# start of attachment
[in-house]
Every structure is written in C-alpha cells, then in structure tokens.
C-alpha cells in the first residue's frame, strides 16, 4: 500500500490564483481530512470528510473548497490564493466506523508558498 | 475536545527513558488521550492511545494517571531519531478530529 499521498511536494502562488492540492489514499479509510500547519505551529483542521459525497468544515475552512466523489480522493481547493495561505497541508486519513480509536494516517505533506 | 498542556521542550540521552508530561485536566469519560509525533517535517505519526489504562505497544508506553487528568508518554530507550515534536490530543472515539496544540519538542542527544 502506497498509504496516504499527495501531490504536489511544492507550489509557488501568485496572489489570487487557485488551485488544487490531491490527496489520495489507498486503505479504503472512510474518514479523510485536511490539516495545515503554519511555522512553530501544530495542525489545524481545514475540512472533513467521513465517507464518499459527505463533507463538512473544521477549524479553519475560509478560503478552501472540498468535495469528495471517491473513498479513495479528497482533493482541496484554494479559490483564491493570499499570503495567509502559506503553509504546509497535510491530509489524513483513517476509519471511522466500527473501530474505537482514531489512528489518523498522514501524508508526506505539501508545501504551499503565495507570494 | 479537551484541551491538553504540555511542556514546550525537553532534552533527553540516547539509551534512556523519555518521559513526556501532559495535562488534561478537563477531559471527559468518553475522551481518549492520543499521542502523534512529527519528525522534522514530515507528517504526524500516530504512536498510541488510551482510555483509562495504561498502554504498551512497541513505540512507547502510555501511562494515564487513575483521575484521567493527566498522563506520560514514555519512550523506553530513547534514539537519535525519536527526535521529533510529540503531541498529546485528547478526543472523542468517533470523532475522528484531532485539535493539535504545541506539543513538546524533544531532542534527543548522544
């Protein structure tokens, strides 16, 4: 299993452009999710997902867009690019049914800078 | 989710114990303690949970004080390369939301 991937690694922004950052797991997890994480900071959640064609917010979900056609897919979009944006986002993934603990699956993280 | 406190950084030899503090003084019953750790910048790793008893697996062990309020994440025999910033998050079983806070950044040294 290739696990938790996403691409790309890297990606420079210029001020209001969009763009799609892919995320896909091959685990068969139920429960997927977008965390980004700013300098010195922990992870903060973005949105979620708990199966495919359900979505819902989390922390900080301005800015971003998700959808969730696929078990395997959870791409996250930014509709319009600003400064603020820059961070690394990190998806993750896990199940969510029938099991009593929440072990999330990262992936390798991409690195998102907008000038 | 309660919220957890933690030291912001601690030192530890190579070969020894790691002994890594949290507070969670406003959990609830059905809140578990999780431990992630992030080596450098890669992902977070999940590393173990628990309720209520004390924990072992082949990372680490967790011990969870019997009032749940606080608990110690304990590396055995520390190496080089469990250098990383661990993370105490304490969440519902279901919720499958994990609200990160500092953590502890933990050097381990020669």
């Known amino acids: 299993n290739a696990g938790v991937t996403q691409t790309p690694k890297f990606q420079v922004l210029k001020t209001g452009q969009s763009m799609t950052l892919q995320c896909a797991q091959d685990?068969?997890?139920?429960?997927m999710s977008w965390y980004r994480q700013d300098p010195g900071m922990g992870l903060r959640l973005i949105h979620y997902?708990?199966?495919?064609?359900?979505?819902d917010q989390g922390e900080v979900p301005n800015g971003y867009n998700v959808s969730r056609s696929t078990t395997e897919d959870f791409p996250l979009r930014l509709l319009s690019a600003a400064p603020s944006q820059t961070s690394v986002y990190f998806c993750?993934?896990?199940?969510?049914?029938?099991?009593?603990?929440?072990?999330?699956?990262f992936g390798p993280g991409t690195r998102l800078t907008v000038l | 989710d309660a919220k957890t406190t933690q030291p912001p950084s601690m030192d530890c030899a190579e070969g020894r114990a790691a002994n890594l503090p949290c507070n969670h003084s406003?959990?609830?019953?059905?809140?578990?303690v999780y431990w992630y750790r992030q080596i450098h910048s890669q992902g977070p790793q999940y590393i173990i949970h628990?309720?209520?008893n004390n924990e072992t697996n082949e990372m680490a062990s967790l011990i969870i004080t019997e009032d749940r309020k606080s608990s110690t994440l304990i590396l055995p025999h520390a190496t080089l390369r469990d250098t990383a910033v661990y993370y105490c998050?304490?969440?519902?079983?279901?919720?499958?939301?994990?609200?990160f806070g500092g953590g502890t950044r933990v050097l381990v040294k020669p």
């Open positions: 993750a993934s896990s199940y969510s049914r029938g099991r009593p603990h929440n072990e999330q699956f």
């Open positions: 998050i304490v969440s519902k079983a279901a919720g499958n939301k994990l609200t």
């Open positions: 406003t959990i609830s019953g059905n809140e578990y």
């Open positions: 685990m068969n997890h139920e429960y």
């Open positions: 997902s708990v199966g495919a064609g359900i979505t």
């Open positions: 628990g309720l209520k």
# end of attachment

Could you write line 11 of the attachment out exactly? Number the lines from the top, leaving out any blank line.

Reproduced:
């Open positions: 628990g309720l209520k």